As interesting as he inevitably is, there’s something forlorn about British character actor Toby Jones, a sense that he’s carrying on through the hopelessness of whatever dead-end life he’s portraying this time.
Short, balding, Jones gives every role the weight of the world, the sense that he’s doing his best to beat back the bitterness.
He works a lot — sci-fi and drama, British TV — and plays a lot of scientists, officious officials (“Tinker, Tailor, Soldier Spy”), assistants, gossips (Truman Capote in “Infamous”) and downtrodden fixers. Sometimes, they aren’t quite so downcast (Hollywood agent Swifty Lazar in “Frost/Nixon.”).
At least when he’s a villain, or a villain’s henchman (“Captain America: The Winter Soldier”), he gets to break out a demonic smile.
The rare occasion when he becomes a leading man puts his disappointment or efforts to avoid it front and center. Check out the melancholy myopia of the ever-so-twee TV series “The Detectorists,” for instance.
In “Kaleidoscope” he’s Carl, a little man in a little flat in a huge, impersonal complex living a lonely life, with only his mother’s guilt-loaded answering machine message for company. He faces that blinking “You’ve got messages” light with utter dread.
When he finally gets a woman (Sinead Matthews) up to his place for Sea Breezes (vodka, cranberry juice, grapefruit juice), he’s on his heels from the start.
“Where’s all your stuff?”
He doesn’t have much.
“Let’s look at your profile. Where’s your computer?”
“I use one at the library.”
And when the aggressively fun-seeking Abby asks if “I’m your sort,” because men tend to date their mothers (her theory), it’s nosebleed time. His.
He dashes to the bathroom, she rummages through his place. Not to rob him, but to figure him out — a prison library book here, an old-fashioned kaleidoscope there.
“You don’t drink. You don’t smoke. You don’t dance. Maybe you’d rather read a book.”
What’s her angle? Maybe she’s just drunk. His? He’s got secrets, layers of secrets.
Carl’s mood turns on a ten pence piece.
“Why are you here?”
“You look like a pushover.”
When he wakes up after blacking out, Abby is dead. What’s he done?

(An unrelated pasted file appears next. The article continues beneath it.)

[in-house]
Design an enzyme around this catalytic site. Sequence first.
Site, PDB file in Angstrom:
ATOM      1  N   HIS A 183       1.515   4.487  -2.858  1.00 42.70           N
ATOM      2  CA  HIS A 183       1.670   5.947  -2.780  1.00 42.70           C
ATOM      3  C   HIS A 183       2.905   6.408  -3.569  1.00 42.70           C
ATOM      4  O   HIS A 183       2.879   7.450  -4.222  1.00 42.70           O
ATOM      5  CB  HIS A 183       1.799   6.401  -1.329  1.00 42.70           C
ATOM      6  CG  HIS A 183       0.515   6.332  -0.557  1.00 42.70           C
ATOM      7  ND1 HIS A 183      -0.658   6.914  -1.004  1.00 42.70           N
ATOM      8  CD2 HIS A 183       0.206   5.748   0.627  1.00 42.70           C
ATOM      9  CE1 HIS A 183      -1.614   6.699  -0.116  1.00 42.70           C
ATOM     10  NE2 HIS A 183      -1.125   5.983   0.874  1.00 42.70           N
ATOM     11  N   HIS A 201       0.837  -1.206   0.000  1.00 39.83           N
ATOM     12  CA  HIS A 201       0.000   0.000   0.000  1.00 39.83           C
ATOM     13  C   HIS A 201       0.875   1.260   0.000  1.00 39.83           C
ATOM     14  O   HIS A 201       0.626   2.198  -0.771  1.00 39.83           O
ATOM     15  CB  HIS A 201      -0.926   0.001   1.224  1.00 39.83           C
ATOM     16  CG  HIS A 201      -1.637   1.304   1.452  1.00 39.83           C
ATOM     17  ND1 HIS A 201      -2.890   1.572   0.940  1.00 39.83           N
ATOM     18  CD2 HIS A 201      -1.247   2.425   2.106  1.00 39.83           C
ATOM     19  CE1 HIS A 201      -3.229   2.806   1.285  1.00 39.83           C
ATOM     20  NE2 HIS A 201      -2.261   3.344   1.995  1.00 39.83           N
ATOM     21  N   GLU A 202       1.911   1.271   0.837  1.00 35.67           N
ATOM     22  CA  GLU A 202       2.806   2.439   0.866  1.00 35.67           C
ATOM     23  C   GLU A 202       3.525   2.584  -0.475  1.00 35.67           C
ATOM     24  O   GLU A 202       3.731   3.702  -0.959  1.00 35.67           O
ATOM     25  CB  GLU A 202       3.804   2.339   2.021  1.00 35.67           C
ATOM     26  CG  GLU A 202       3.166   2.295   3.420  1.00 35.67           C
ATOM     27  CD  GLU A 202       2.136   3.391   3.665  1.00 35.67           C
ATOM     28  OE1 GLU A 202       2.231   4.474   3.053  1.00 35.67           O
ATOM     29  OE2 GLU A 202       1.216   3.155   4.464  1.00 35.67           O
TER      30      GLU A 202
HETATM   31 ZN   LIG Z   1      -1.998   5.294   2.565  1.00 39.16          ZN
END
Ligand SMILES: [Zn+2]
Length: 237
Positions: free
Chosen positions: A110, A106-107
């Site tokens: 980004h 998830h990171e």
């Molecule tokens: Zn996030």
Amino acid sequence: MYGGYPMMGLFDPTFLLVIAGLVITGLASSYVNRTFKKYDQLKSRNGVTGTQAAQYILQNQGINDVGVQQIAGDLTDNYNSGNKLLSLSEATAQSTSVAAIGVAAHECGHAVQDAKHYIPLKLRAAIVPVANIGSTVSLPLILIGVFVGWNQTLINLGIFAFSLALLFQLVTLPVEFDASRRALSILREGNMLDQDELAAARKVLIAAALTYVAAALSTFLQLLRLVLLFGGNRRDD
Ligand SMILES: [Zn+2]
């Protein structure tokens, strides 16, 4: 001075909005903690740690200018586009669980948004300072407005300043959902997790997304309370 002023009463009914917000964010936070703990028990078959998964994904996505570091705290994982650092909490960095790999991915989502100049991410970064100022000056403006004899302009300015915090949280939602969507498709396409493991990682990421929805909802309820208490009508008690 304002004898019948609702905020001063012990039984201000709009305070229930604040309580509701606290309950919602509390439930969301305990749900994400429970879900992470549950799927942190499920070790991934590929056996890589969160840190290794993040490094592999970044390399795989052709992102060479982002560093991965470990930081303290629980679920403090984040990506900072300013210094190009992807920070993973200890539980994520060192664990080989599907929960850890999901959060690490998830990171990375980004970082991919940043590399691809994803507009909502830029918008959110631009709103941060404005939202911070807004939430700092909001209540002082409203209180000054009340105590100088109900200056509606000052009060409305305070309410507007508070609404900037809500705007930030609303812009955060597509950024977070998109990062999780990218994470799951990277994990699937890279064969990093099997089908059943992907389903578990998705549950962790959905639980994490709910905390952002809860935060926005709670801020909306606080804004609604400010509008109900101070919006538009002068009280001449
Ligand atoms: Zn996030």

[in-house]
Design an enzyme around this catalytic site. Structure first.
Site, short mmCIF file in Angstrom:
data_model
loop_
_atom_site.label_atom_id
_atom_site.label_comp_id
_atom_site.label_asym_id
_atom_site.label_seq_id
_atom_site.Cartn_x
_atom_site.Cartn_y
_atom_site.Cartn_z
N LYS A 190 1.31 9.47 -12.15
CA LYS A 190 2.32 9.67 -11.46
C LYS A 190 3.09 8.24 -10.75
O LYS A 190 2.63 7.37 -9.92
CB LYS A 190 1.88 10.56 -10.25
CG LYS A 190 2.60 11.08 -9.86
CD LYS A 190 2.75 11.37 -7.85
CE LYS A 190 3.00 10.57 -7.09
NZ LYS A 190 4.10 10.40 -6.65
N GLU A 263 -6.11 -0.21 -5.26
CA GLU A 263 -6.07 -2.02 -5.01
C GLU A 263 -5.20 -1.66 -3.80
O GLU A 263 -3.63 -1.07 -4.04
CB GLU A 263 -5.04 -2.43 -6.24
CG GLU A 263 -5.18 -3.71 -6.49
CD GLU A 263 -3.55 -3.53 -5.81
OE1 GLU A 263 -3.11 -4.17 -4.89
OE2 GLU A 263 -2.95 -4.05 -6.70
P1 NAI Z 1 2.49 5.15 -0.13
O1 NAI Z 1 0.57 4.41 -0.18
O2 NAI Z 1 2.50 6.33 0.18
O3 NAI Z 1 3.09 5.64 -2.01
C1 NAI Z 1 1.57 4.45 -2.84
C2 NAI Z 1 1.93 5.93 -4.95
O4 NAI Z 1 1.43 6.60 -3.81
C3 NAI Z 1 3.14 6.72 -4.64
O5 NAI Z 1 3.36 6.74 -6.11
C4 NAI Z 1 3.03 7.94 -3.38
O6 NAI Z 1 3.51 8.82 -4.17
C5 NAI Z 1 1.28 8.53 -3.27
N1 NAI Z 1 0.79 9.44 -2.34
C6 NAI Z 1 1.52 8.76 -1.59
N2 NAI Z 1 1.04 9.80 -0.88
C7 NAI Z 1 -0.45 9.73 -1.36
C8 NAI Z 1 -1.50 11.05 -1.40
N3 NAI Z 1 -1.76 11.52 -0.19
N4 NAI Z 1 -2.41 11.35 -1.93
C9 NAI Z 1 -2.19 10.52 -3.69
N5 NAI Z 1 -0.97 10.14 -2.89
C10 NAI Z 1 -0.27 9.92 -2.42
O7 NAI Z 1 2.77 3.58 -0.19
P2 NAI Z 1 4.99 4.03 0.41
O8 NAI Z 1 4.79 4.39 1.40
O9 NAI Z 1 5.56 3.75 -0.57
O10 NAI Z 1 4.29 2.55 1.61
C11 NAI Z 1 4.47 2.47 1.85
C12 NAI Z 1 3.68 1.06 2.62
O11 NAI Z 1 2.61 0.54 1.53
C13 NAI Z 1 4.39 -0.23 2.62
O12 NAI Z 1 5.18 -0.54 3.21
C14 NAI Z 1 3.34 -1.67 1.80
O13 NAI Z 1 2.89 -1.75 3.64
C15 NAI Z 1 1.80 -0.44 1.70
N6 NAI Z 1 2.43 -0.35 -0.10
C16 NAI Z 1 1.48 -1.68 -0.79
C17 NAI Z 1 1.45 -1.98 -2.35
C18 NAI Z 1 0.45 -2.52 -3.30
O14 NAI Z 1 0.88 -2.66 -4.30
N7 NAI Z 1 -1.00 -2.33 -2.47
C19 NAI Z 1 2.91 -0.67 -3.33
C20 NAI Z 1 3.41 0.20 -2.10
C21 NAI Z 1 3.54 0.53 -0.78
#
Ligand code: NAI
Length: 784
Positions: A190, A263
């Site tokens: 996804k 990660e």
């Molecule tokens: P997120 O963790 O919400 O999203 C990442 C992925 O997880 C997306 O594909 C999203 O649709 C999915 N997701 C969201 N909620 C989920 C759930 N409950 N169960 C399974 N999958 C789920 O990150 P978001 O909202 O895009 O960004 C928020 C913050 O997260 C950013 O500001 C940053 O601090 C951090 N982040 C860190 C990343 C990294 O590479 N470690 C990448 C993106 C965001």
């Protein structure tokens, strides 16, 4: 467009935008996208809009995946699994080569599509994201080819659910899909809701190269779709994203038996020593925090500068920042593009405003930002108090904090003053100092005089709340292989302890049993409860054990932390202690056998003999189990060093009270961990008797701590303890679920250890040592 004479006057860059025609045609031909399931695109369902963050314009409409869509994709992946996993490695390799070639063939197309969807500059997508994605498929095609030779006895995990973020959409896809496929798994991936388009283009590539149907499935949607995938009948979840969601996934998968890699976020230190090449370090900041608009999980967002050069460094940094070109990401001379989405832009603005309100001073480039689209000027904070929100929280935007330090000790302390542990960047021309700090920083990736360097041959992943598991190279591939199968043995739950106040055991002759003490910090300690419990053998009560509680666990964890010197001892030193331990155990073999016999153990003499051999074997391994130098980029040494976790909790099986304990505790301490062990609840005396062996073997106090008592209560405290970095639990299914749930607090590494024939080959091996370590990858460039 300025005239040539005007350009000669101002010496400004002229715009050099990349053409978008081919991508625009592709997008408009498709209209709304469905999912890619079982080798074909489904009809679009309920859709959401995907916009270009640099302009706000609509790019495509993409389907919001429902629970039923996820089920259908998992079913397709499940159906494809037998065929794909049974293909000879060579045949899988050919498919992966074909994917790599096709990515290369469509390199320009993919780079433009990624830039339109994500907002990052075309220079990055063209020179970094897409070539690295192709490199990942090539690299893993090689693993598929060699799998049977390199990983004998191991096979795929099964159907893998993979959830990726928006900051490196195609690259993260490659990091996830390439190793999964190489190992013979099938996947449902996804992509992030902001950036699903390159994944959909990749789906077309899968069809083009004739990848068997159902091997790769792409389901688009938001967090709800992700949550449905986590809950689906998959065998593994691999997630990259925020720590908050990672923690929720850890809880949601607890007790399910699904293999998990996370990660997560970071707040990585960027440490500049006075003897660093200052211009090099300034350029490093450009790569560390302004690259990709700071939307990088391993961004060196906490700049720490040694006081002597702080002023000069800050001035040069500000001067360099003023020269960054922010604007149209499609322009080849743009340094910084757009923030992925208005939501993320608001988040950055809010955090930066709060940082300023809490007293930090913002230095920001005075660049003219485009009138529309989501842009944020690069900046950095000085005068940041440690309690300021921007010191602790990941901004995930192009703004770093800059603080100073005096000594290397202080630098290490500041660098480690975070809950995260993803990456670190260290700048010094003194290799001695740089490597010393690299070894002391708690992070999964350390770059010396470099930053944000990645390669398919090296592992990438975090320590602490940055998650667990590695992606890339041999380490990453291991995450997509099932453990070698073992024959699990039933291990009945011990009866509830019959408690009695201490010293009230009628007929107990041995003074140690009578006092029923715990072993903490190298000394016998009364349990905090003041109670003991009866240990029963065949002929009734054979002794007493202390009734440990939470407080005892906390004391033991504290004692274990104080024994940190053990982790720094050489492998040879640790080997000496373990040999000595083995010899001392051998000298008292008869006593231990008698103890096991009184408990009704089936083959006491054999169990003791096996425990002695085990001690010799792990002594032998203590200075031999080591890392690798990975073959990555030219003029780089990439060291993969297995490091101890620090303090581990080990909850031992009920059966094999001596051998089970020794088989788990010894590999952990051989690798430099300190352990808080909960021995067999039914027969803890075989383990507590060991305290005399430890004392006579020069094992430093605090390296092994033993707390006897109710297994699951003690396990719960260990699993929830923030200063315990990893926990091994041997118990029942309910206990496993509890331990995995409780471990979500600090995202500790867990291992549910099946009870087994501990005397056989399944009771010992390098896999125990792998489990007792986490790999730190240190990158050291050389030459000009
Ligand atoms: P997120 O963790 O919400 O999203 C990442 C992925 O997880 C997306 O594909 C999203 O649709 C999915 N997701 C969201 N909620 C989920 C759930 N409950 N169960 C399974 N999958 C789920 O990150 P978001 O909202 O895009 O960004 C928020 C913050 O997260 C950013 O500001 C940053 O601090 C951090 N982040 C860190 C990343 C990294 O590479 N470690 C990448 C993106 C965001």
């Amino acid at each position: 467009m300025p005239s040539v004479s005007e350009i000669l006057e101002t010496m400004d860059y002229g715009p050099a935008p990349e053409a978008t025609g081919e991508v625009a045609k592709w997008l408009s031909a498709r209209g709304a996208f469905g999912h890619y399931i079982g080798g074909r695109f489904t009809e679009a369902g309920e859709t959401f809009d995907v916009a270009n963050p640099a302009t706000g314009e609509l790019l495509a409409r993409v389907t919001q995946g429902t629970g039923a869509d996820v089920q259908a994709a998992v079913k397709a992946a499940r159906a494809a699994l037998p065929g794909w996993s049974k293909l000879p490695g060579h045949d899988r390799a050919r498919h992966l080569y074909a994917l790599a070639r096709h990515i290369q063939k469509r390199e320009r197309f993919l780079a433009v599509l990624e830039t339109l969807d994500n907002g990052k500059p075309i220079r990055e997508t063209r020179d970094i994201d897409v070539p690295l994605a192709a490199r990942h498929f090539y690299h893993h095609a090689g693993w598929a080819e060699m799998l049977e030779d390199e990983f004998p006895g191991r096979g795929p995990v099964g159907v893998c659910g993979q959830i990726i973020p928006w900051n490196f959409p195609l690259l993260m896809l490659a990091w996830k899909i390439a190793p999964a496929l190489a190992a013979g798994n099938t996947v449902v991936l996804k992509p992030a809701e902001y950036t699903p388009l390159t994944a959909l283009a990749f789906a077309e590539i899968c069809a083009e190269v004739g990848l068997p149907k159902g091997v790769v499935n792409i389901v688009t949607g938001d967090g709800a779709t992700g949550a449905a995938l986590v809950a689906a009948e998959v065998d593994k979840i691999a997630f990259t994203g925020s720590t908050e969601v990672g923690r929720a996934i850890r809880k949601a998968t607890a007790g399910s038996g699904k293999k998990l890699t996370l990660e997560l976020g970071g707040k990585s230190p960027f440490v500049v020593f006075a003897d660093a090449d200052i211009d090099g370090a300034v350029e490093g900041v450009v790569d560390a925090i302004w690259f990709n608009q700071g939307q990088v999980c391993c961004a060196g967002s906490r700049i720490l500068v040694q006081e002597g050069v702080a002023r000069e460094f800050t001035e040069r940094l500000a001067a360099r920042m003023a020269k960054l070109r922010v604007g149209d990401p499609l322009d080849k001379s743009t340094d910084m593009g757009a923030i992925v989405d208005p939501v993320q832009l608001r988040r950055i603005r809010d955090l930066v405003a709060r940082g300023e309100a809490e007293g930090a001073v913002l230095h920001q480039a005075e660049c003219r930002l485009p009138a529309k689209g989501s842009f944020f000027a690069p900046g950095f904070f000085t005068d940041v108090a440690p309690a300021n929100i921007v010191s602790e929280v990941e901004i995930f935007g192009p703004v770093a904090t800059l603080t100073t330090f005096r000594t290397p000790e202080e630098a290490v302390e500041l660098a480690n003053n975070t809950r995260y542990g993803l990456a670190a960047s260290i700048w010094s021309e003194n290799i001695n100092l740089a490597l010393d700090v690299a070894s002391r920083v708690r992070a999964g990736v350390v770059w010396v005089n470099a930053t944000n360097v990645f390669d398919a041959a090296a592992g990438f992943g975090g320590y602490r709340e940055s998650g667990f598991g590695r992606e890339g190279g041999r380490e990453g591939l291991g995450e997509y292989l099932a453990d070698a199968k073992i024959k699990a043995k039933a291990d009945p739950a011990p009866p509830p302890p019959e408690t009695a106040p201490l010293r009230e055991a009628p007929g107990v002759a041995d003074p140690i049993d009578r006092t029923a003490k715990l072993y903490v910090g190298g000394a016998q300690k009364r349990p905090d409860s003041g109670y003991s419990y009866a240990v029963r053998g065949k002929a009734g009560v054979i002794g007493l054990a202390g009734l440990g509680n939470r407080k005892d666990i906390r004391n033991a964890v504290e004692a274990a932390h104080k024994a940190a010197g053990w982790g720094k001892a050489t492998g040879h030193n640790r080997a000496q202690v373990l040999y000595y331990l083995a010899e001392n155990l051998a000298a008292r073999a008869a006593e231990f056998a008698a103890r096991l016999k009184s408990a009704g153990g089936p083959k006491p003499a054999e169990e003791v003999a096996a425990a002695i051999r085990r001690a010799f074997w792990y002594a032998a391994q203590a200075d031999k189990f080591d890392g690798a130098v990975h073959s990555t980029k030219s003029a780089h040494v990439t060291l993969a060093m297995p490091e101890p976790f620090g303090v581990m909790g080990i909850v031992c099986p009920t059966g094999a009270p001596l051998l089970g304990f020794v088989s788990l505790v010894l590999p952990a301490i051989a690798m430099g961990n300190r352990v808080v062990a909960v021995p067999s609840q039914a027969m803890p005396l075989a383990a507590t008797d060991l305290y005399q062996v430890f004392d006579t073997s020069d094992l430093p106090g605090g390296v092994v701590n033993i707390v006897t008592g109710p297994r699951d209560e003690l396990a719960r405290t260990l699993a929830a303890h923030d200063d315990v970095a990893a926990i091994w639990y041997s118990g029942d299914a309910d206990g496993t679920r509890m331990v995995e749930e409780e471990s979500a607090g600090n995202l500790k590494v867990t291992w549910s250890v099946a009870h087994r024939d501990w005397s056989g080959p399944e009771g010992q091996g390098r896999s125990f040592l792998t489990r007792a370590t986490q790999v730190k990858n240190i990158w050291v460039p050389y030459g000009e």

That sets off the ex-con’s frantic effort to clean up after the crime, curling up in a ball to see if the luggage he has on hand will hold a short woman’s body. Bits and pieces of the night, his psychological past, and that damned answering machine message interrupt the sound of…sawing.
Jones’s brother Rupert wrote and directed “Kaleidoscope,” a psychological thriller with touches of the Edgar Allen Poe story “The Cask of Amontillado” that Toby Jones filmed years ago. And maybe a hint of “Psycho.”
Because when Mummy (Anne Reid) shows up, she has an awful lot of access to his life and information about what might have just happened. He wants nothing to do with her, and her every word and action seems to implicate him and complicate the crime he apparently has committed.
She cooks, “It’s liver, your favorite,” and he’s not having it.
“You have no idea what I like.”
Mumsy, from the Isle of Wight, is all “bygones,” and unflappable in the face of Carl’s naked hatred.
“Is there no way to start again, after all this time?”
“But I haven’t had any time. All my time’s been taken away.”
Interrogations, phony alibis, a brute of a husband, an overly curious police dog — and afterwards, the third degree in velvet gloves from the hated on woman on the sofa.
There’s a built-in inevitability about “Kaleidoscope” that puts the burden on performances for this to come off, and they almost salvage a generally bland, mostly unsurprising thriller.
Reid’s toxic smile and Matthews’ working class wantonness work. But in a role no-doubt written for him, Jones downloads his entire arsenal — hurt, shyness, pain, guilt and rage — onto the screen. This is a performance that smacks of desperation and denial, a paranoid loner making it up as he goes along.
He’s better than the film, more interesting as a character than as a character watching justice close in on him.
MPAA Rating: unrated, violence, disturbing themes
Cast: Toby Jones, Anne Reid, Sinead Matthews, Deborah Findlay
Credits: Written and directed by Rupert Jones. An IFC release.
Running time: 1:39